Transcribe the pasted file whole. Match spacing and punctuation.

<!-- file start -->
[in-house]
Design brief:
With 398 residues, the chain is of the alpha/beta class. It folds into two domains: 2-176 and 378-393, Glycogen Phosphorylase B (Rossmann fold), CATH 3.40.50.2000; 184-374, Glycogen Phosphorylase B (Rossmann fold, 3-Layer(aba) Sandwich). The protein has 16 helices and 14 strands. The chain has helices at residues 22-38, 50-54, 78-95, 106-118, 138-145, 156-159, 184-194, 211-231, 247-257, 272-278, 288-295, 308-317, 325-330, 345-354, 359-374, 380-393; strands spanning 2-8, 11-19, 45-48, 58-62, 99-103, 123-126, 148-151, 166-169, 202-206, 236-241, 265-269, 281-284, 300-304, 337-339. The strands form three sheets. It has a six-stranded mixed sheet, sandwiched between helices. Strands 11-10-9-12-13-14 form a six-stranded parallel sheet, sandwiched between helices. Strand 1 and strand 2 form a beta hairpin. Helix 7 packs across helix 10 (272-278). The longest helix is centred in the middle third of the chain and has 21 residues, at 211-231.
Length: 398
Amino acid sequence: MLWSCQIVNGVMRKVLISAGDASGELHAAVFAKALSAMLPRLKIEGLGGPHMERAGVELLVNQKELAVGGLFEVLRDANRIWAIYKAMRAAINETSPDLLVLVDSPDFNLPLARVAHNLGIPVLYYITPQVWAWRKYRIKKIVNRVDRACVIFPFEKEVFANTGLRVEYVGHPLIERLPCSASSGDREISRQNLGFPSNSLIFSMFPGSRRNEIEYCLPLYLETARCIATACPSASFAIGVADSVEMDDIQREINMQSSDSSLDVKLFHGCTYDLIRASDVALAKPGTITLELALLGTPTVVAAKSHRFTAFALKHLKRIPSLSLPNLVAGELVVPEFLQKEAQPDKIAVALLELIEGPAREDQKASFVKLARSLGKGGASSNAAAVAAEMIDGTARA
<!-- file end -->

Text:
[in-house]
Design brief:
With 398 residues, the chain is of the alpha/beta class. It folds into two domains: 2-176 and 378-393, Glycogen Phosphorylase B (Rossmann fold), CATH 3.40.50.2000; 184-374, Glycogen Phosphorylase B (Rossmann fold, 3-Layer(aba) Sandwich). The protein has 16 helices and 14 strands. The chain has helices at residues 22-38, 50-54, 78-95, 106-118, 138-145, 156-159, 184-194, 211-231, 247-257, 272-278, 288-295, 308-317, 325-330, 345-354, 359-374, 380-393; strands spanning 2-8, 11-19, 45-48, 58-62, 99-103, 123-126, 148-151, 166-169, 202-206, 236-241, 265-269, 281-284, 300-304, 337-339. The strands form three sheets. It has a six-stranded mixed sheet, sandwiched between helices. Strands 11-10-9-12-13-14 form a six-stranded parallel sheet, sandwiched between helices. Strand 1 and strand 2 form a beta hairpin. Helix 7 packs across helix 10 (272-278). The longest helix is centred in the middle third of the chain and has 21 residues, at 211-231.
Length: 398
Amino acid sequence: MLWSCQIVNGVMRKVLISAGDASGELHAAVFAKALSAMLPRLKIEGLGGPHMERAGVELLVNQKELAVGGLFEVLRDANRIWAIYKAMRAAINETSPDLLVLVDSPDFNLPLARVAHNLGIPVLYYITPQVWAWRKYRIKKIVNRVDRACVIFPFEKEVFANTGLRVEYVGHPLIERLPCSASSGDREISRQNLGFPSNSLIFSMFPGSRRNEIEYCLPLYLETARCIATACPSASFAIGVADSVEMDDIQREINMQSSDSSLDVKLFHGCTYDLIRASDVALAKPGTITLELALLGTPTVVAAKSHRFTAFALKHLKRIPSLSLPNLVAGELVVPEFLQKEAQPDKIAVALLELIEGPAREDQKASFVKLARSLGKGGASSNAAAVAAEMIDGTARA